New Delhi: Facing criticism of providing safe haven to alleged black money from abroad, Switzerland has claimed that the maximum instances of "corrupt assets" being concealed under corporate veil have been found in US and the European nation is on the same footing as India on this front.
Under global pressure to act against any possible misuse of Swiss financial institutions, especially banks, to hoard illicit wealth from other countries, Switzerland government's Federal Department of Finance (FDF) has agreed to adapt its bilateral tax treaties with various countries as per the international standards.
The FDF, which is equivalent to Finance Ministry in Switzerland, has said in a report on international financial and tax matters for 2012 that the country is at the forefront of global efforts to tackle cross-border financial crime.
It has cited a World Bank study on 'home corrupt assets are hidden' to claim that the maximum instances of corporate vehicles being used to conceal 'corrupt assets' have been found in the US, while Switzerland is ranked way below at 13th place, jointly with India.
It said that the World Bank report examined 150 cases of corruption in a selected number of countries worldwide.
"As part of these cases, over 800 corporate vehicles were used to conceal corrupt assets. The highest number of such corporate vehicles was found in the United States (102), while seven were based in Switzerland," it said.
Seven such corporate vehicles were found in India as well, while the US was followed by the British Virgin Islands (91), Panama (50), Liechtenstein (28) and Bahamas (20) among the top five.
"The report also shows that 76 of the corporate vehicles had a bank account in Switzerland, while 107 had one in the US," the FDF said.
"The report also addressed how easy it is to set up such a corporate vehicle without naming the beneficial owner. 41 of just over a hundred trust and company service providers failed to undertake sufficient due diligence.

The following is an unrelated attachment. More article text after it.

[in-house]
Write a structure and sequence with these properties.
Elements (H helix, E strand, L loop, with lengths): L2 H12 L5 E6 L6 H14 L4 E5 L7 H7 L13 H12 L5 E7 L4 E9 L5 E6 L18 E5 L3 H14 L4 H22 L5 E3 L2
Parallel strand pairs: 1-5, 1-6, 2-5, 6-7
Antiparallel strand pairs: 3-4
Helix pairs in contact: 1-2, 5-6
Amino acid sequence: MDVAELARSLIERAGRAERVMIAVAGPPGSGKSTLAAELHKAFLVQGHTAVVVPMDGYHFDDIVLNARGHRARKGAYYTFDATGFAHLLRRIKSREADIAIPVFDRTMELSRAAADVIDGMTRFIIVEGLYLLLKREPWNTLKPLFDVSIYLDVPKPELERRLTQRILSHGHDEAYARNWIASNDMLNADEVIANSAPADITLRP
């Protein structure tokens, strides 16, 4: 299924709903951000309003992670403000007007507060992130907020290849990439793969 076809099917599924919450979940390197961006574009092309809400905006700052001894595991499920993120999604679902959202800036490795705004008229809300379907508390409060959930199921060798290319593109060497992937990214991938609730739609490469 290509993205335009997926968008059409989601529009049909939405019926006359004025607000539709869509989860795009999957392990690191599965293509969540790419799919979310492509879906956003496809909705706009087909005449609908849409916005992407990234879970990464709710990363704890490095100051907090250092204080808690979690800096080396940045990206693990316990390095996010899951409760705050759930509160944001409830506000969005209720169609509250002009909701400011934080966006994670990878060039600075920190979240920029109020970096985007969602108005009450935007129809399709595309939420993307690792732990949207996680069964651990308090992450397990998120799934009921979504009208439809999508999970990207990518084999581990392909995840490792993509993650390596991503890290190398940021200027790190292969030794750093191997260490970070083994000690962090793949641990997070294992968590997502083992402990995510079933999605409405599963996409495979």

"For example, only 3 of the 27 US service providers reviewed asked for clear identity documentation. In the remaining sampled OECD countries, the figure was 9 out of 20 respondents," it added.
Noting that the international pressure to cooperate in the fight against tax offences has increased, the FDF said in another recent report titled 'Financial Centre Strategy' that it aims "to continue to create favourable framework conditions for Switzerland's financial centre while at the same time ensuring its worldwide acceptance."
"The pressure on bank client confidentiality and the tax system are putting a strain on the future of Switzerland?s financial centre. The management of untaxed assets was seen as a competitive advantage for a long time, but those days are now over.
"The understanding has won out that untaxed assets are in the interest of neither Switzerland nor the banks over the longer term. The new financial market policy is consistently geared towards the management of taxed assets," the FDF said.
It said that further concrete measures to implement this strategy should be finalised by September 2012.
"The future investment income and capital gains of foreign bank clients in Switzerland should be subject to a tax at source with a compensatory effect.
"Combined with improved administrative assistance upon request in accordance with international standards and the extension of the due diligence requirements of financial service providers, this tax will reconcile the protection of privacy with the tax claims of governments," it noted.
First Published: Sunday, July 8, 2012, 14:36